Jesus refused to be called ‘good’

“Why do you call me good?”

by Ibn Anwar, BHsc (Hons), MCollT

Jesus is recorded to have denied the epithet ‘good’ that is attributed to him by an unknown person in Mark 10:17-18 (which is retained by Luke in Luke 18:18-19):

“As Jesus started on his way, a man ran up to him and fell on his knees before him. “Good teacher,” he asked, “what must I do to inherit eternal life?” And Jesus said to him, “Why do you call me good? No one is good except God alone.” (ESV)

Instead of accepting the title ‘good teacher’, Jesus corrects the person by relegating the modifier ‘good’ to God. He affirms that “no one is good except God alone.” Commenting on this, the Jewish theologian Dr. Joseph Klausner writes:

“That Jesus never regarded himself as God is most obvious from his reply when hailed as ‘Good master’: ‘Why callest thou me good? There is none good but one, God.’… Nor did he regard himself as Son of God in the later Trinitarian sense.” [1]

The parallel Matthean version of the same incident alters the story by transferring ‘good’ from its original Markan place to where it stands now in Matthew 19:16. Whereas Mark has ‘good’ as a modifier to ‘teacher’, Matthew has ‘good’ as a modifier to ‘thing’ (or ‘deed’): “And behold, a man came up to him, saying, “Teacher, what good deed must I do to have eternal life?”” (Matthew 19:16, ESV)
The necessarily low christological message of Mark 10:18 is erased and heightened in the Matthean depiction and Jesus in that regard appears greater than in his source, Mark. Commenting on this point, Distinguished Professor of the New Testament at Denver Seminary in Colorado, Craig Blomberg writes:

“Matthew 19:16 does not have “good” modifying teacher but does have the man refer to a “good” thing he should do. In Mark and Luke, Jesus replies by asking the man why he calls him good, because “no one is good– except God alone” (Mark 10:18; Luke 18:19). Matthew probably wanted to avoid the misunderstanding that Jesus was denying his own goodness, so he paraphrases Jesus’s question as “Why do you ask me about what is good?” (Matt 19:17).” [2]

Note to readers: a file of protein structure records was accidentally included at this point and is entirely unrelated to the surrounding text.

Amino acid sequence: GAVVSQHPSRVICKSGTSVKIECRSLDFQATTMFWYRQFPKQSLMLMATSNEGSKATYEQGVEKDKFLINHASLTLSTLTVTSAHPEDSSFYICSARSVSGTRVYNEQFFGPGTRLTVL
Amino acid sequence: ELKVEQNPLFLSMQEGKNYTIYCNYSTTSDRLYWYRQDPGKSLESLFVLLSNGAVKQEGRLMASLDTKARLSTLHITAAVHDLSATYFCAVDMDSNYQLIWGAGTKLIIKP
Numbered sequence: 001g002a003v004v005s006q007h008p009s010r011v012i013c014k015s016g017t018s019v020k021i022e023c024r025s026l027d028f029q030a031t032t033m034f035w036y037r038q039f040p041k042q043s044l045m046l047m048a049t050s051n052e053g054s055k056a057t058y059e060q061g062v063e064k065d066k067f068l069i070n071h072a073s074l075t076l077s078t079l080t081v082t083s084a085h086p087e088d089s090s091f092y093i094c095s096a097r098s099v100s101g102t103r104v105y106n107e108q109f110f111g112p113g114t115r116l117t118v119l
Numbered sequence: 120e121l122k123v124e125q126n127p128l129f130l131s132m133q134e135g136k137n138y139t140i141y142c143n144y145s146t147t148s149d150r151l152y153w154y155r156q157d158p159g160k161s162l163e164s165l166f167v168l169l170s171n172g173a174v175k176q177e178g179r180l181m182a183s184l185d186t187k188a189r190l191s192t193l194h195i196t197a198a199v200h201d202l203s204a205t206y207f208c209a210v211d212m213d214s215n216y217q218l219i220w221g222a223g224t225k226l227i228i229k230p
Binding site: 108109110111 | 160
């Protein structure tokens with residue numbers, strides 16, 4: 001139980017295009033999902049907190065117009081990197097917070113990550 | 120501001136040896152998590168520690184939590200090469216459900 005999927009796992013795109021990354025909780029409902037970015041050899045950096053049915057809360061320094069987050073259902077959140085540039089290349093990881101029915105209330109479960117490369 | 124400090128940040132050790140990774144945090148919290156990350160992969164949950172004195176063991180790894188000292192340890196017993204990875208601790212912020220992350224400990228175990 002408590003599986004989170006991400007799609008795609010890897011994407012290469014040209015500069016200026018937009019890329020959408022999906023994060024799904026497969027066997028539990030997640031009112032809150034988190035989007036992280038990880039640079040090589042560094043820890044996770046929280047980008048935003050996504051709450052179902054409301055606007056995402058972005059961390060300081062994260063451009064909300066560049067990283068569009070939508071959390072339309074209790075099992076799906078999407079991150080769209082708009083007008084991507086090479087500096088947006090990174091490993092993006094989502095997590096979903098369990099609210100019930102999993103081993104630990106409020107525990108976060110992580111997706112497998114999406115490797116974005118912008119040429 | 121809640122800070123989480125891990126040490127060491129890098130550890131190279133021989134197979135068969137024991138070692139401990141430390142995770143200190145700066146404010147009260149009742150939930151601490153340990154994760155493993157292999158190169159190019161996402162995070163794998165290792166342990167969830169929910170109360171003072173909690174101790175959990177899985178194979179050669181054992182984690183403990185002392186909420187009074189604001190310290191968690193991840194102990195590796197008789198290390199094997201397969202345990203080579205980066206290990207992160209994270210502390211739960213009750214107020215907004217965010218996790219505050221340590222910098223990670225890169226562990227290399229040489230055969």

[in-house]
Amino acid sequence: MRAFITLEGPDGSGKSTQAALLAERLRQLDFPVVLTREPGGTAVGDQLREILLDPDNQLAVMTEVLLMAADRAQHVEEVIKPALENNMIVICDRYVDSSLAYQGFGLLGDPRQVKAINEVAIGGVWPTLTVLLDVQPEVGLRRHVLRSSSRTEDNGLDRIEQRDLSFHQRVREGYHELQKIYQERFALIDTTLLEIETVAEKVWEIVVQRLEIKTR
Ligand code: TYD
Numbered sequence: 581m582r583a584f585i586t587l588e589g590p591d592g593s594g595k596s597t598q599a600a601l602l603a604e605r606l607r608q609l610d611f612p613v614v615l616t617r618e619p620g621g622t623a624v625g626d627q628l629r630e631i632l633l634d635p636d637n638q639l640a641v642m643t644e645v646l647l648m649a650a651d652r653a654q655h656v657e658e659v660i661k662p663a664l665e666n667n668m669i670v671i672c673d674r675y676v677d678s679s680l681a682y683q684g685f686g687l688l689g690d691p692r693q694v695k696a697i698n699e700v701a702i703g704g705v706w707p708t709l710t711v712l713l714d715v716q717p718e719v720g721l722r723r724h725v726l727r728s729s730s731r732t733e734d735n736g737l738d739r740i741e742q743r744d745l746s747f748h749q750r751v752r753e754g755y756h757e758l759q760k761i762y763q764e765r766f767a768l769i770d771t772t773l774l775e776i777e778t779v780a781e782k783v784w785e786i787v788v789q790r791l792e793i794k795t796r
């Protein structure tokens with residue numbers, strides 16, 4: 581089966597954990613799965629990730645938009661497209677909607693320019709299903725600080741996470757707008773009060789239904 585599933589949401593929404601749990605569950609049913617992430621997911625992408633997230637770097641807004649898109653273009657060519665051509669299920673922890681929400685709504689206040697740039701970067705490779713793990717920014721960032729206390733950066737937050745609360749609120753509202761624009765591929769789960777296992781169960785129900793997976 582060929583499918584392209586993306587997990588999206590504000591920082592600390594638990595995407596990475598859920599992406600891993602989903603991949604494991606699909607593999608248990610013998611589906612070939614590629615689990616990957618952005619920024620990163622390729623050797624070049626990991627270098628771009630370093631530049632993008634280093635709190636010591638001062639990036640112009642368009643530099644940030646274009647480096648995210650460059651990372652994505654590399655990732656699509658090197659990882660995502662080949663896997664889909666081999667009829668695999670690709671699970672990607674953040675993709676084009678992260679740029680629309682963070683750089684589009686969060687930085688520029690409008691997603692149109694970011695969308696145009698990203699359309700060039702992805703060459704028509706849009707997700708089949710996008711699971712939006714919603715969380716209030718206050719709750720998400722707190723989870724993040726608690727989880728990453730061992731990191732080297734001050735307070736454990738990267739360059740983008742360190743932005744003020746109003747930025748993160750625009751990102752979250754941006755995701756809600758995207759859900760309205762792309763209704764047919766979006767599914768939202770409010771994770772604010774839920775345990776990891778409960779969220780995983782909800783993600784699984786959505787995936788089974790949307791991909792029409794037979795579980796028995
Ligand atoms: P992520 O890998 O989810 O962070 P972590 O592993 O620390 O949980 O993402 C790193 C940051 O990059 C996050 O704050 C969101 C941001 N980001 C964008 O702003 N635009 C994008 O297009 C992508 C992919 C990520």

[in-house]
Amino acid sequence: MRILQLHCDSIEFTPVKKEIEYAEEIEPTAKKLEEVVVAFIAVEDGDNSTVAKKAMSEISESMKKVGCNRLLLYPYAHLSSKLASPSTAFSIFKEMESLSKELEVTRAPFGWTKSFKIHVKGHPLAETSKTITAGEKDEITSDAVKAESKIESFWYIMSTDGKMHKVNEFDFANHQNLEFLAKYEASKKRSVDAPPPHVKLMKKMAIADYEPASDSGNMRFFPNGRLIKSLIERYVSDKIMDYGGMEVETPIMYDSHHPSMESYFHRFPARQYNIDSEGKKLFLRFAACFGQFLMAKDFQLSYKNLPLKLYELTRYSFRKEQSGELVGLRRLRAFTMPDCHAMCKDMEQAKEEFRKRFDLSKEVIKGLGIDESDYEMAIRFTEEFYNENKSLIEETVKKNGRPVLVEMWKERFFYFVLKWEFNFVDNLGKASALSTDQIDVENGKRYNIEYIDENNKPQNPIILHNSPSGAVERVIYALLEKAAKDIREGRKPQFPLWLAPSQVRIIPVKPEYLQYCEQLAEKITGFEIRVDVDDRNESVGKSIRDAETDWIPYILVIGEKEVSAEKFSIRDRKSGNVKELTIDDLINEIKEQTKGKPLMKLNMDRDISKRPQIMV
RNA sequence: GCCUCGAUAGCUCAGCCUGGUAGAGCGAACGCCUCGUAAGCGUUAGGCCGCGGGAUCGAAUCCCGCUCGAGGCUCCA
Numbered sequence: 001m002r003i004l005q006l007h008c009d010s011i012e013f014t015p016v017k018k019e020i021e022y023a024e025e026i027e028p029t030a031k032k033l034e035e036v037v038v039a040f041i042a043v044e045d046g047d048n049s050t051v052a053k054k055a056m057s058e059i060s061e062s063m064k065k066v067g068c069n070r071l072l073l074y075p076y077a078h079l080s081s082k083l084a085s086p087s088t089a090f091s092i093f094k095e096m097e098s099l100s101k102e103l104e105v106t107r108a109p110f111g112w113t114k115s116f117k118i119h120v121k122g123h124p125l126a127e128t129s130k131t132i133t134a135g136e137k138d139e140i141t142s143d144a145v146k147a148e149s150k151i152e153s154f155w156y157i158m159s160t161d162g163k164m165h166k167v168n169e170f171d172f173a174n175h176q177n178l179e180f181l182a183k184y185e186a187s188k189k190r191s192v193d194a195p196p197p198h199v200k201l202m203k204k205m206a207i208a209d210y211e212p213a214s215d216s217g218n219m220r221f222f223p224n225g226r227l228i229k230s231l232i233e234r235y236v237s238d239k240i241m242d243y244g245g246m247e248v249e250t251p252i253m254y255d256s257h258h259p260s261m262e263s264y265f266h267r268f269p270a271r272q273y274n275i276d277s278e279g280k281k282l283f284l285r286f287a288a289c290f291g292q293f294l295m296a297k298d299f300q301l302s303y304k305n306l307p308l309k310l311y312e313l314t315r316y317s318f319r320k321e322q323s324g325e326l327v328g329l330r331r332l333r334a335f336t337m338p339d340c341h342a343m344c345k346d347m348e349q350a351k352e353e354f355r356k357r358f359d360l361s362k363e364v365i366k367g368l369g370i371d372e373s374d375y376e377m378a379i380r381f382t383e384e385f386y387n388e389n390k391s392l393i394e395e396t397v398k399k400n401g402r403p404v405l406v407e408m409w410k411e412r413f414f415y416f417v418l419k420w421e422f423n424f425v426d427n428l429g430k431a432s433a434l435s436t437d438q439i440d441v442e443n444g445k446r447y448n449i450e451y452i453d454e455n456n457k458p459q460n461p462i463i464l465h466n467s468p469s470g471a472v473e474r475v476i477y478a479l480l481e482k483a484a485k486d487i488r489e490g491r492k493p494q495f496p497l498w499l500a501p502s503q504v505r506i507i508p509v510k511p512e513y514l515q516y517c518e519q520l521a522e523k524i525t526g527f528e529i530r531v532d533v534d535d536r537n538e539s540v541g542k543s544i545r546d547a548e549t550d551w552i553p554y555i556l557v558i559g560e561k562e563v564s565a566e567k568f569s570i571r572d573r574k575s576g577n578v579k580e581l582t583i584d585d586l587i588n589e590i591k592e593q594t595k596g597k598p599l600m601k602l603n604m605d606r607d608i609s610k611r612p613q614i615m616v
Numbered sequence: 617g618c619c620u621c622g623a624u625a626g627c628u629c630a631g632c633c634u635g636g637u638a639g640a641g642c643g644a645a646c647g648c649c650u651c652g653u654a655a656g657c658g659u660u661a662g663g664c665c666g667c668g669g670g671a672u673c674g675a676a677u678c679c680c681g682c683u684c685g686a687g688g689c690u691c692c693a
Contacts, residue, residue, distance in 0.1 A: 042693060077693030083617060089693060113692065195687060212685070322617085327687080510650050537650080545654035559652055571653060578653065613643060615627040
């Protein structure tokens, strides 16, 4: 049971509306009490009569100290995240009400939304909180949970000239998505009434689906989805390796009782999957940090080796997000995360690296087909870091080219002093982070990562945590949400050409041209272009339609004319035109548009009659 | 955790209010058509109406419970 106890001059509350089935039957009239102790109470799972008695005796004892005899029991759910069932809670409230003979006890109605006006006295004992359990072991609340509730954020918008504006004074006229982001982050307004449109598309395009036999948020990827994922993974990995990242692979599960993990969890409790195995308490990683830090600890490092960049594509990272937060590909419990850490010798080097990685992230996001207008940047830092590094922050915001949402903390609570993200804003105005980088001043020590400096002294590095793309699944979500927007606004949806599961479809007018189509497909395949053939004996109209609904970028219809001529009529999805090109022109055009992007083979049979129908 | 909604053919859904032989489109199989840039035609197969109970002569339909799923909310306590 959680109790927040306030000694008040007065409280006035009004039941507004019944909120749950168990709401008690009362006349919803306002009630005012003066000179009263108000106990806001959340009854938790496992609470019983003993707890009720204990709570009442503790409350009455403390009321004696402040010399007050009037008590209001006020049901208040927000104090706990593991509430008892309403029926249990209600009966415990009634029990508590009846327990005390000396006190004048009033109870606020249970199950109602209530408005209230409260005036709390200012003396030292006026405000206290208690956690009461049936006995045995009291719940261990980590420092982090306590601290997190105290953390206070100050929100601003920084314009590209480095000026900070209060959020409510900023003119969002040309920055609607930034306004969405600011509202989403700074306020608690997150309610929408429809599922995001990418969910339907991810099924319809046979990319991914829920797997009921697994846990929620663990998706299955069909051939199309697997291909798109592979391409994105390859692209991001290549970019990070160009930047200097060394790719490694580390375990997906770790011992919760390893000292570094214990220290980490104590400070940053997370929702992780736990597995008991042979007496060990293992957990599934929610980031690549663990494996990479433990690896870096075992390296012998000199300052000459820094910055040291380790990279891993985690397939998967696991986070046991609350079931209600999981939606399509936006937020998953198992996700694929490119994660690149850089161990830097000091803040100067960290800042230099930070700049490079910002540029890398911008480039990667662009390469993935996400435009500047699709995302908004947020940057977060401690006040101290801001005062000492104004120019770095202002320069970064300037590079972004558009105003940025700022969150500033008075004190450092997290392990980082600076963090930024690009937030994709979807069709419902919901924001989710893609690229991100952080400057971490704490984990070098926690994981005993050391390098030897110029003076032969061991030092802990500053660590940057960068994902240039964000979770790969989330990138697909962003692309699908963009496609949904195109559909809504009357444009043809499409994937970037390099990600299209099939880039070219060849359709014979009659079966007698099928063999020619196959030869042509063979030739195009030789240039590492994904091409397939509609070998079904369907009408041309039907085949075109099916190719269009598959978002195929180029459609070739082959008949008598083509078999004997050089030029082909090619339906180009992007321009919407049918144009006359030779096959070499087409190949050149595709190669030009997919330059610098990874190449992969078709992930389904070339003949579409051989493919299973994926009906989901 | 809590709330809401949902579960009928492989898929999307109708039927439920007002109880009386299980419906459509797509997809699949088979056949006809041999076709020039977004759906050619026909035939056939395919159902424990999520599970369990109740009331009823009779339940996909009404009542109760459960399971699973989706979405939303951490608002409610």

The example of how the anonymous authors of the gospels purposefully moved words from one place to another as delineated above, thereby changing the meaning of things, vindicate the Qur’anic exhortation below:

“But because of their breach of their covenant, We cursed them, and made their hearts grow hard; they change the words from their (right) places and forget a good part of the message that was sent them, nor wilt thou cease to find them- barring a few – ever bent on (new) deceits: but forgive them, and overlook (their misdeeds): for Allah loveth those who are kind.” (Surah al-Ma’idah, verse 13)

It should be noted that later scribes did not agree with Matthew’s emendation of Mark 10:17-18. Thinking that they had the right to alter the original text that they were making copies of, they corrected the original Matthean emendation to harmonise it with the Markan and Lukan version. That scribal alteration is preserved in the textus receptus and retained in the King James Version:

And, behold, one came and said unto him, Good Master, what good thing shall I do, that I may have eternal life? And he said unto him, Why callest thou me good? there is none good but one, that is, God: but if thou wilt enter into life, keep the commandments. (Matthew 19:16-17, KJV)

Commenting on this scribal interpolation (corruption), ‘The English Bible, King James Version’ has the following notes:

“Matthew excises the Markan Jesus’ reluctance (10:18) to be called “good,” but retains Jesus’ subsequent insistence that “there is non good but one, that is, God.” Later scribes apparently saw in Matthew insufficient motivation for this insistence, and therefore had the man invoke Jesus as “good master” (v. 16; see note), in addition to restoring the Markan version of Jesus’ question.” [3]

Notes:

[1] Klausner, J. (1926). Jesus of Nazareth: His Life, Times, and Teaching (Herbert Danby, trans.). New York: The Macmillan Company. p. 377

[2] Blomberg, C. L. (2016). The Historical Reliability of the New Testament: Countering the Challenges to Evangelical Christian Beliefs. Nashville, Tennessee: B&H Academic. p. 87

[3] Hammond, G. & Busch, A. (Eds.). (2012). The English Bible, King James Version: The New Testament and The Apocrypha (Vol. 2) (Norton Critical Editions). New York: W. W. Norton & Company. p. 54

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